Watching Victor Cruz on the field, he does not seem to have a care in the world. There is always a smile, a laugh and, in good times, the salsa.
The second-year New York Giants receiver is having a breakthrough season. He has already broken the Giants' single-season record for yards receiving, becoming one of the NFL's big-play threats.
He has scored on a team-record 99-yard touchdown against the New York Jets last weekend, and has endeared himself to the 80,000 patrons of MetLife Stadium with his electrifying touchdowns, followed by celebrations with a Latin flair.
Even a routine catch of an Eli Manning pass is greeted by long sustained cries of "Cruz!"
Not bad for an undrafted free agent who twice was asked to leave the University of Massachusetts because of grades.
For a 25 year old who grew up 15 or so minutes from the Meadowlands, it is pinch-me stuff.
Cruz grew up in Paterson, New Jersey, an urban city marred by drug problems and gangs, and with employment in the 16 per cent range. His dream had many chances of never coming true, according to city councilman Benjie Wimberly, Cruz's football coach at Paterson Catholic.
"It's not an easy place for someone to grow up in," Wimberly said.
Cruz, the son of an African-American father and Hispanic mother, remembers nights sitting in his home or walking the neighbourhood, and hearing gunshots in the vicinity.
"It's still pretty surreal," Cruz said as the Giants prepared for their NFC East title showdown with the Dallas Cowboys today. "I wake up every day and just pinch myself and kind of think about how far I have come and all the stuff I have done.
"I didn't anticipate having this kind of season. I just wanted to come in and hopefully do some things well and find my place, and to now have my place in history, it's just been crazy."
Cruz's statistics border on ridiculous, considering he is the Giants' No 3 receiver behind Hakeem Nicks and Mario Manningham.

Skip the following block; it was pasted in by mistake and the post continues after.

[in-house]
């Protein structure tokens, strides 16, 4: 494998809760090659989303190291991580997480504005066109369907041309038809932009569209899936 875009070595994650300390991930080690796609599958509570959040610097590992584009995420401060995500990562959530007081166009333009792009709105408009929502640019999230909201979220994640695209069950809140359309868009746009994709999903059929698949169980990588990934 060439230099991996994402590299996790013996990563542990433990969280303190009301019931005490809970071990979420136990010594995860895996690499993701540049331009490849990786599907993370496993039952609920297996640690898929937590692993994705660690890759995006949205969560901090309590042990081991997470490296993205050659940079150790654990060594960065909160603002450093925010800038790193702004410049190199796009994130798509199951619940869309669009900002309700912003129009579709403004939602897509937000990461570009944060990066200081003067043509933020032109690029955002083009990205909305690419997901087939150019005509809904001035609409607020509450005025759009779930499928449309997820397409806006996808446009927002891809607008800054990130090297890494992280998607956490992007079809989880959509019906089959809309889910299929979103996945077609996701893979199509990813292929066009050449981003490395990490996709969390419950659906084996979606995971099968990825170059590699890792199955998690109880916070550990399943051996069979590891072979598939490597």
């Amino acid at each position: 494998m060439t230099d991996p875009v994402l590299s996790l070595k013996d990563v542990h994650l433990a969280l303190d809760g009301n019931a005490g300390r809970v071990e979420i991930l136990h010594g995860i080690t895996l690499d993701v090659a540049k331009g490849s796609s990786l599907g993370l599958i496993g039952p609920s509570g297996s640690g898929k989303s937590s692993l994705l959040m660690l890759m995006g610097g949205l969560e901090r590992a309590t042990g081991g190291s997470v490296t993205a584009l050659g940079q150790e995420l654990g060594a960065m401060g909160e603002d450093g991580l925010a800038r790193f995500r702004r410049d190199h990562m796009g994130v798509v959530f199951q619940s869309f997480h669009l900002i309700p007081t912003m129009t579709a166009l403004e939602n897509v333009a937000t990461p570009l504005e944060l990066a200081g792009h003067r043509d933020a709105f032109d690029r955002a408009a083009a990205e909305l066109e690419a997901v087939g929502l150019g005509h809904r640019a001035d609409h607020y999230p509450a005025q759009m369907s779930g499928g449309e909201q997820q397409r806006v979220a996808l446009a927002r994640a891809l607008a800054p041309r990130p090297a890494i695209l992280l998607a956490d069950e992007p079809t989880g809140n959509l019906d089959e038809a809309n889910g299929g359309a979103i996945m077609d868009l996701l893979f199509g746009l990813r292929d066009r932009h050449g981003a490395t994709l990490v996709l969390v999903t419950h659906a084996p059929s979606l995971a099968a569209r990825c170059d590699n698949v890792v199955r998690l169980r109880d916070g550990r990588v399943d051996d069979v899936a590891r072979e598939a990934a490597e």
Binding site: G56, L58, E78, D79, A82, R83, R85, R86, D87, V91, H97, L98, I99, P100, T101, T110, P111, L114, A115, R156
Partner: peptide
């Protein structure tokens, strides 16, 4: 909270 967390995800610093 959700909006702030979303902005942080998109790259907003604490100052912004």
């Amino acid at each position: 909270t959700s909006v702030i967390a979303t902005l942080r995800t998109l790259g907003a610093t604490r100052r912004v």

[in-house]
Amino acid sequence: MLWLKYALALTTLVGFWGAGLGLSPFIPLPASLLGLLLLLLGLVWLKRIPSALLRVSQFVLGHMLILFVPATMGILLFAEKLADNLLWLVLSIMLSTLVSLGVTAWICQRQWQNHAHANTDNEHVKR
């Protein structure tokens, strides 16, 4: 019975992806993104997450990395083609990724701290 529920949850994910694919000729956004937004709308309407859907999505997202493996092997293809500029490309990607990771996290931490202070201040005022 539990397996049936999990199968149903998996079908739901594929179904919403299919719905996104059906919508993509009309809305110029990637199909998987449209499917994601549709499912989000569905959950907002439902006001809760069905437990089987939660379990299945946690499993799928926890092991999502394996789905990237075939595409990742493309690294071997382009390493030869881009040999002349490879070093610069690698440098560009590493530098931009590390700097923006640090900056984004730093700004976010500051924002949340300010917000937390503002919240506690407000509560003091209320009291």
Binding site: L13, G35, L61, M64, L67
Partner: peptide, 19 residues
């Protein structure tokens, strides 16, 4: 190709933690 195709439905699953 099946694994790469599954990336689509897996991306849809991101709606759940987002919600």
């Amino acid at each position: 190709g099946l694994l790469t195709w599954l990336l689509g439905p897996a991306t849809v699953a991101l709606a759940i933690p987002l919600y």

The player has 76 catches for 1,358 yards and eight touchdowns. He is averaging nearly 18 yards a reception and this week was selected as a second alternate to the Pro Bowl despite not being on the fan ballot.
With the Giants' season in the balance, he single-handedly turned the momentum in their 29-14 win over the Jets by catching a 10-yard, third-down hook pass and slipping between two tacklers en route to that 99-yard touchdown.
"You catch the ball and you try to feel where the defenders are," Cruz said.
"I just make a move and try to get as many yards as a I can.
"I kind of pride myself on that because I try to make myself as hard to tackle as possible. The more yards I get after the catch, the closer we get to the end zone. Or if I can score, all the better."
Kevin Gilbride, the Giants' offensive co-ordinator, cannot help but smile when discussing Cruz.
"I have jokingly said that he giveth and taketh away on a play-to-play basis," Gilbride said.
"In all honesty, he has grown over the last three or four weeks.
"There haven't been any mistakes and he has made some terrific reads. It is really impressive to me to see the growth that has taken place."
Wimberly said Cruz was like most Paterson Catholic teenagers. He wanted to play on what was a very good basketball team.
"He was a super talented athlete who was just one of the guys on the basketball team," Wimberly said. "We realised he had the athletic ability and talent to play football, and with his size, he would really make a difference."
Cruz made a difference in high school but struggled early in college, in part because of the sudden death of his father. He was twice sent home and had to take some courses online.
"A lot of it had to do with me being a knucklehead, and mom not being there and me being on my own," Cruz said.
Cruz eventually finished his college career with 131 catches despite not starting a game until his junior year. He was signed by the Giants as a free agent and gained national attention catching three touchdowns in a pre-season game against the Jets. His rookie season ended early after he was placed on injured reserve with a hamstring injury. In less than a year, Cruz has become a role model for Hispanic football players, and he hopes more turn their attention to football.
"Culturally, it hasn't been a Hispanic-dominated sport," Cruz said. "I think with myself and Tony Gonzalez, and guys like that, it should be key to causing an increase."
One thing that has not changed despite the success is Cruz - he is still the down-to-earth guy who works to help his community.
Two weeks ago, Wimberly said Cruz was at a dinner for 600 homeless people in Paterson and he followed that by giving a pre-game speech to a winless football team at Paterson Eastside.
They won the game.
"You name it, from high school stuff and anything I call him for," Wimberly said, "he's there."
* Associated Press
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